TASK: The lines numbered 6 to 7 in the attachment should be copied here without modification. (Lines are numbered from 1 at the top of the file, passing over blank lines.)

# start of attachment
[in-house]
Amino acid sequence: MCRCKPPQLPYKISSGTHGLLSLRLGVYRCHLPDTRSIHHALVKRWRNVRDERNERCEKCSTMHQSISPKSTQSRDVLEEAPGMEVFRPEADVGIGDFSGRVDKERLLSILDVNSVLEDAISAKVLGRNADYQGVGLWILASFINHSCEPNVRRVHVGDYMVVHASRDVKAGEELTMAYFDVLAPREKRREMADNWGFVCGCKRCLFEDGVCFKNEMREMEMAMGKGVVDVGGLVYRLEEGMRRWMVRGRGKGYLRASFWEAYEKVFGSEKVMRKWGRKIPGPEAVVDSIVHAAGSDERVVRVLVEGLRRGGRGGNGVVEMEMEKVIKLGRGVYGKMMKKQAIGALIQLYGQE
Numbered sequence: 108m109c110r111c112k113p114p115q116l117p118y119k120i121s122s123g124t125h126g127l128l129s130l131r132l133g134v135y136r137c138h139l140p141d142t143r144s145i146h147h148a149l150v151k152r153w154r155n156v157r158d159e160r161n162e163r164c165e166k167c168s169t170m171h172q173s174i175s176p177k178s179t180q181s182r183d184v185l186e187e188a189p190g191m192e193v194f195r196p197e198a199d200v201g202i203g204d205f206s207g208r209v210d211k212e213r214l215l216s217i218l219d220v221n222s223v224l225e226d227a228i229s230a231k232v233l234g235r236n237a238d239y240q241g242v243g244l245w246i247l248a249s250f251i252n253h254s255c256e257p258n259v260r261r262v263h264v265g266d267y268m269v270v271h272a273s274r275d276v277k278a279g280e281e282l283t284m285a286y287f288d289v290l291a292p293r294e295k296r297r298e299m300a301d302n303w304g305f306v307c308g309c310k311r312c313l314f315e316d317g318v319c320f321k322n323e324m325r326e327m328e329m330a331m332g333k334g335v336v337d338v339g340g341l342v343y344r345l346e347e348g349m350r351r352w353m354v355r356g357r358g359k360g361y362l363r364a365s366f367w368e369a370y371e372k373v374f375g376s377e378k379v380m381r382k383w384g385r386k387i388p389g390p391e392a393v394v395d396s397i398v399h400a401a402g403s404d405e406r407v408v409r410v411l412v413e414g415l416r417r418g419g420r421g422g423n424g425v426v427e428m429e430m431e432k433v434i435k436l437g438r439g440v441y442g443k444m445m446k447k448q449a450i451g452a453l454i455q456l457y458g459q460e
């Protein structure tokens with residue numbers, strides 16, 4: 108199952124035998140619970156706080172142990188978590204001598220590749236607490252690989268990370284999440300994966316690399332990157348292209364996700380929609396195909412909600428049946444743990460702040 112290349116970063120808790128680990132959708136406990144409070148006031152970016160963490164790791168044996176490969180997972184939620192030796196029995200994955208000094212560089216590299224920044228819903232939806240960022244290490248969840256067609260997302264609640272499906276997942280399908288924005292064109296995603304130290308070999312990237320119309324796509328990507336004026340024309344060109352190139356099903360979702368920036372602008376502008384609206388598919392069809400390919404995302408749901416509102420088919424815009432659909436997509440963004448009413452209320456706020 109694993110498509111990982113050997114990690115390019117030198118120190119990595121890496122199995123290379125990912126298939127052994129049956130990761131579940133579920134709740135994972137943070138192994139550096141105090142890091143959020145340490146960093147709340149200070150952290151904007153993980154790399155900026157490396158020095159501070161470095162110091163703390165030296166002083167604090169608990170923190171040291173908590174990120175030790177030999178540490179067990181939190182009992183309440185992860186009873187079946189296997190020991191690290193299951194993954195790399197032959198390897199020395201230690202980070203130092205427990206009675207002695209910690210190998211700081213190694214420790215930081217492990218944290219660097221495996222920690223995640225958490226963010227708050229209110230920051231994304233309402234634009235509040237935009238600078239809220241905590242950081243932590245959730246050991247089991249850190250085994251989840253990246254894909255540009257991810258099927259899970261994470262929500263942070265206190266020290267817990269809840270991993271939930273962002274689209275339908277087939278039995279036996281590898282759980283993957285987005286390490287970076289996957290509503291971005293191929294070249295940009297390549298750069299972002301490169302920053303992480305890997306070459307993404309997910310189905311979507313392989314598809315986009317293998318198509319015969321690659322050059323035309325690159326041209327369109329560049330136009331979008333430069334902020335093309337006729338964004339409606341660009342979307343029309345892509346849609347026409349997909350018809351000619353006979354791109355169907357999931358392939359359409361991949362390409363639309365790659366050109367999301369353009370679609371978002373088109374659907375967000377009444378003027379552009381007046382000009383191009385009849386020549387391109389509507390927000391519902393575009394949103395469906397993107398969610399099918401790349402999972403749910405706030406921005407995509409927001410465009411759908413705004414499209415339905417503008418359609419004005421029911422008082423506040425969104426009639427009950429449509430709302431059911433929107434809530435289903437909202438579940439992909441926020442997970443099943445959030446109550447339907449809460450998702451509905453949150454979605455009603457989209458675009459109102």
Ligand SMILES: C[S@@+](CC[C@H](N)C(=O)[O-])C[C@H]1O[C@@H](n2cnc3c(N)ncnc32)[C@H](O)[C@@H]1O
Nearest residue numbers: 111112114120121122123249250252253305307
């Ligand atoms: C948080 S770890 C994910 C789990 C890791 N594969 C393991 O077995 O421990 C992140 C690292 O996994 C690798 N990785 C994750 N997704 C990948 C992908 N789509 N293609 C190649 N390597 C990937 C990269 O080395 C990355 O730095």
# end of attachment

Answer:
Nearest residue numbers: 111112114120121122123249250252253305307
């Ligand atoms: C948080 S770890 C994910 C789990 C890791 N594969 C393991 O077995 O421990 C992140 C690292 O996994 C690798 N990785 C994750 N997704 C990948 C992908 N789509 N293609 C190649 N390597 C990937 C990269 O080395 C990355 O730095």